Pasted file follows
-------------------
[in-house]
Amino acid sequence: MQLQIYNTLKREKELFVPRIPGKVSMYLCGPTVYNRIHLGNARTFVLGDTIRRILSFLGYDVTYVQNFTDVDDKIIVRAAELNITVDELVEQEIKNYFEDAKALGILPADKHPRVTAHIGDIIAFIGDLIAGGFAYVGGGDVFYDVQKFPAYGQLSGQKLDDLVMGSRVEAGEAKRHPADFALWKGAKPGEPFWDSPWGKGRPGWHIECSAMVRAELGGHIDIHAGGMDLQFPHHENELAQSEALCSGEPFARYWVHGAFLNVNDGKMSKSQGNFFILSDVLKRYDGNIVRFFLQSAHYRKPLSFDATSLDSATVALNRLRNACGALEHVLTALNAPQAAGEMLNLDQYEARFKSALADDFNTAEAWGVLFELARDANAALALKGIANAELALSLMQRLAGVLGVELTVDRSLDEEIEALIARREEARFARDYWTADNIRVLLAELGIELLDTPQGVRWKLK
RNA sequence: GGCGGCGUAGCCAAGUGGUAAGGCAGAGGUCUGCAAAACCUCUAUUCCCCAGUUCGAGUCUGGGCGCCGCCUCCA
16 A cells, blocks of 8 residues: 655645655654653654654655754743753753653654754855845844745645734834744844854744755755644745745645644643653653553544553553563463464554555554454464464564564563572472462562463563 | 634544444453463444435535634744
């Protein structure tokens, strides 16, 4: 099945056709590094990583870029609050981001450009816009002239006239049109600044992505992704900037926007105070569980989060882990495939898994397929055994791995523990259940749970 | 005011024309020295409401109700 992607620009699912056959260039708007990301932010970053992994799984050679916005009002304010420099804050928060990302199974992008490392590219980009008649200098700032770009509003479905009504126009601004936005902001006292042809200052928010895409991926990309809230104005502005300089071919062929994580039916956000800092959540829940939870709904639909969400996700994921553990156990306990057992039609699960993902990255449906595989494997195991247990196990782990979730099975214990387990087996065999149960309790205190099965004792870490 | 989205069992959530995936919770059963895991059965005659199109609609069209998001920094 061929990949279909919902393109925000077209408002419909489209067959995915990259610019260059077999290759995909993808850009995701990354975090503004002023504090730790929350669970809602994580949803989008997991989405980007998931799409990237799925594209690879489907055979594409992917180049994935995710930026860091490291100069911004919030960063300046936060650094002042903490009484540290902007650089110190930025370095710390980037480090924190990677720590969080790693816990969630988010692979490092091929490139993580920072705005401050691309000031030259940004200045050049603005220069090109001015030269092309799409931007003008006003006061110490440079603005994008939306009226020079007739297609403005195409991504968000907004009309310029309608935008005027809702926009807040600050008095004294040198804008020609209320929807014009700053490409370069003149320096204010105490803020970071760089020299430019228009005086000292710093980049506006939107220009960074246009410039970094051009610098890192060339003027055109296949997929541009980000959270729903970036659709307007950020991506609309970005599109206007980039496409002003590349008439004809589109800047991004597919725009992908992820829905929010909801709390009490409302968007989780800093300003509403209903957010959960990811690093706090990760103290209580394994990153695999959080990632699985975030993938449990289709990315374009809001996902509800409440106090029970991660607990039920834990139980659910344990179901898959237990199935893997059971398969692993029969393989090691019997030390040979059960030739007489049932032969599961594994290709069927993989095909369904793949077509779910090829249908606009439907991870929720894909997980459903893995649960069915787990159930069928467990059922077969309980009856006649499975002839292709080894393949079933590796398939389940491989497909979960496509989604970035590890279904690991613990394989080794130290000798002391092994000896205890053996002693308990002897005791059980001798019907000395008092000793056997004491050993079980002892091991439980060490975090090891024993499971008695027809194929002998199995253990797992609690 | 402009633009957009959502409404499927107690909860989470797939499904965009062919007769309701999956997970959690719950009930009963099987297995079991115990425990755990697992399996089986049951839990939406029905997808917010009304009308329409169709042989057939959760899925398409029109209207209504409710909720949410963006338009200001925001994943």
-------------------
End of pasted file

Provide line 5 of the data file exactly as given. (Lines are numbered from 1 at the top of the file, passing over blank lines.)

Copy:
């Protein structure tokens, strides 16, 4: 099945056709590094990583870029609050981001450009816009002239006239049109600044992505992704900037926007105070569980989060882990495939898994397929055994791995523990259940749970 | 005011024309020295409401109700 992607620009699912056959260039708007990301932010970053992994799984050679916005009002304010420099804050928060990302199974992008490392590219980009008649200098700032770009509003479905009504126009601004936005902001006292042809200052928010895409991926990309809230104005502005300089071919062929994580039916956000800092959540829940939870709904639909969400996700994921553990156990306990057992039609699960993902990255449906595989494997195991247990196990782990979730099975214990387990087996065999149960309790205190099965004792870490 | 989205069992959530995936919770059963895991059965005659199109609609069209998001920094 061929990949279909919902393109925000077209408002419909489209067959995915990259610019260059077999290759995909993808850009995701990354975090503004002023504090730790929350669970809602994580949803989008997991989405980007998931799409990237799925594209690879489907055979594409992917180049994935995710930026860091490291100069911004919030960063300046936060650094002042903490009484540290902007650089110190930025370095710390980037480090924190990677720590969080790693816990969630988010692979490092091929490139993580920072705005401050691309000031030259940004200045050049603005220069090109001015030269092309799409931007003008006003006061110490440079603005994008939306009226020079007739297609403005195409991504968000907004009309310029309608935008005027809702926009807040600050008095004294040198804008020609209320929807014009700053490409370069003149320096204010105490803020970071760089020299430019228009005086000292710093980049506006939107220009960074246009410039970094051009610098890192060339003027055109296949997929541009980000959270729903970036659709307007950020991506609309970005599109206007980039496409002003590349008439004809589109800047991004597919725009992908992820829905929010909801709390009490409302968007989780800093300003509403209903957010959960990811690093706090990760103290209580394994990153695999959080990632699985975030993938449990289709990315374009809001996902509800409440106090029970991660607990039920834990139980659910344990179901898959237990199935893997059971398969692993029969393989090691019997030390040979059960030739007489049932032969599961594994290709069927993989095909369904793949077509779910090829249908606009439907991870929720894909997980459903893995649960069915787990159930069928467990059922077969309980009856006649499975002839292709080894393949079933590796398939389940491989497909979960496509989604970035590890279904690991613990394989080794130290000798002391092994000896205890053996002693308990002897005791059980001798019907000395008092000793056997004491050993079980002892091991439980060490975090090891024993499971008695027809194929002998199995253990797992609690 | 402009633009957009959502409404499927107690909860989470797939499904965009062919007769309701999956997970959690719950009930009963099987297995079991115990425990755990697992399996089986049951839990939406029905997808917010009304009308329409169709042989057939959760899925398409029109209207209504409710909720949410963006338009200001925001994943």